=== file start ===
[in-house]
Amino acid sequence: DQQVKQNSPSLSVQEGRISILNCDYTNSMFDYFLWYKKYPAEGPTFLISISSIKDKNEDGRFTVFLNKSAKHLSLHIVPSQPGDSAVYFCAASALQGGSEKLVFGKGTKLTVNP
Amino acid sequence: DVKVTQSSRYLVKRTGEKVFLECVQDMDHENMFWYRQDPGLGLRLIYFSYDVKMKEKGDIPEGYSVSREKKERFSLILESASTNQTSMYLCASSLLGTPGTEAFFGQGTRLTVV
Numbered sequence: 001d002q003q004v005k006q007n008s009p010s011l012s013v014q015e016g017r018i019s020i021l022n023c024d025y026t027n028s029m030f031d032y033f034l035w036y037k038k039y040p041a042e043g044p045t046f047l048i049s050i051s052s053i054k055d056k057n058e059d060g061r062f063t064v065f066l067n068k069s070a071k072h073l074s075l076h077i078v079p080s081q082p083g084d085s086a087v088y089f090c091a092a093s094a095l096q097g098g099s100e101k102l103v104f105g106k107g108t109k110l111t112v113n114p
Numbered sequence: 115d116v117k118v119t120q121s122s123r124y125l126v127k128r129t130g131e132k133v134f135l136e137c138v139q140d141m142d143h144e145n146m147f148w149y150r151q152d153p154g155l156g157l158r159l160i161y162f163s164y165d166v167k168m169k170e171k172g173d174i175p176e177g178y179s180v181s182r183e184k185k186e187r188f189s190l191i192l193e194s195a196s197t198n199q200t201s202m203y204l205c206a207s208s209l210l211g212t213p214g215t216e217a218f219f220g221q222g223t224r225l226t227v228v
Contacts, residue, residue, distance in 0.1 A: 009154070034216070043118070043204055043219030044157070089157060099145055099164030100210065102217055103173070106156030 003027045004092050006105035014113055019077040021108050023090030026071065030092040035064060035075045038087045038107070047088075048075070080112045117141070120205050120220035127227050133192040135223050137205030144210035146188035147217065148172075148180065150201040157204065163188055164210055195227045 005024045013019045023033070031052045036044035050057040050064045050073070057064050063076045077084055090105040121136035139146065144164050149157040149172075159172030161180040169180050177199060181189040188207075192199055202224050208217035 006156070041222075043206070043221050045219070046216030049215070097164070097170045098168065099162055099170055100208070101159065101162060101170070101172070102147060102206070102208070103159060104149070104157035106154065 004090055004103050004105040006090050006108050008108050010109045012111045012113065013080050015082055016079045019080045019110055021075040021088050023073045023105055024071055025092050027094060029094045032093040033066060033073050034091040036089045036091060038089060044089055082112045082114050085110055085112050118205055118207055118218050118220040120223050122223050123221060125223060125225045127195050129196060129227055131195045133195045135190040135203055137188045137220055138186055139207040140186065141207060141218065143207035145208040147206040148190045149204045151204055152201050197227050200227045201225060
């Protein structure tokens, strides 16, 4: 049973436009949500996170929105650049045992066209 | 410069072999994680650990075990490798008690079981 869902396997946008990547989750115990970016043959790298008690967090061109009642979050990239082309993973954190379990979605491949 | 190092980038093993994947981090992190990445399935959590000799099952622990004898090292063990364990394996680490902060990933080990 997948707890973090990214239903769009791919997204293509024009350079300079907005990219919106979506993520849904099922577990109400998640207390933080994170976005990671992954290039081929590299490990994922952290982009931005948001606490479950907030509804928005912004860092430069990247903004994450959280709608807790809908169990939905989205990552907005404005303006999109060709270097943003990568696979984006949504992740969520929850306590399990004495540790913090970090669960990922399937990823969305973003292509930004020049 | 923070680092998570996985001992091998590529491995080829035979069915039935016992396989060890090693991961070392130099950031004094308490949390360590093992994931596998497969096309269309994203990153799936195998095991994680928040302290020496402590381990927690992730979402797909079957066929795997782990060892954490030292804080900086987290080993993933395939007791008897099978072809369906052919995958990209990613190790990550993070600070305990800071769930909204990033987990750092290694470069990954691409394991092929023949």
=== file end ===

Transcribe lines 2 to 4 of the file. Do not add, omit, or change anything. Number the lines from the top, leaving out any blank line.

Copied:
Amino acid sequence: DQQVKQNSPSLSVQEGRISILNCDYTNSMFDYFLWYKKYPAEGPTFLISISSIKDKNEDGRFTVFLNKSAKHLSLHIVPSQPGDSAVYFCAASALQGGSEKLVFGKGTKLTVNP
Amino acid sequence: DVKVTQSSRYLVKRTGEKVFLECVQDMDHENMFWYRQDPGLGLRLIYFSYDVKMKEKGDIPEGYSVSREKKERFSLILESASTNQTSMYLCASSLLGTPGTEAFFGQGTRLTVV
Numbered sequence: 001d002q003q004v005k006q007n008s009p010s011l012s013v014q015e016g017r018i019s020i021l022n023c024d025y026t027n028s029m030f031d032y033f034l035w036y037k038k039y040p041a042e043g044p045t046f047l048i049s050i051s052s053i054k055d056k057n058e059d060g061r062f063t064v065f066l067n068k069s070a071k072h073l074s075l076h077i078v079p080s081q082p083g084d085s086a087v088y089f090c091a092a093s094a095l096q097g098g099s100e101k102l103v104f105g106k107g108t109k110l111t112v113n114p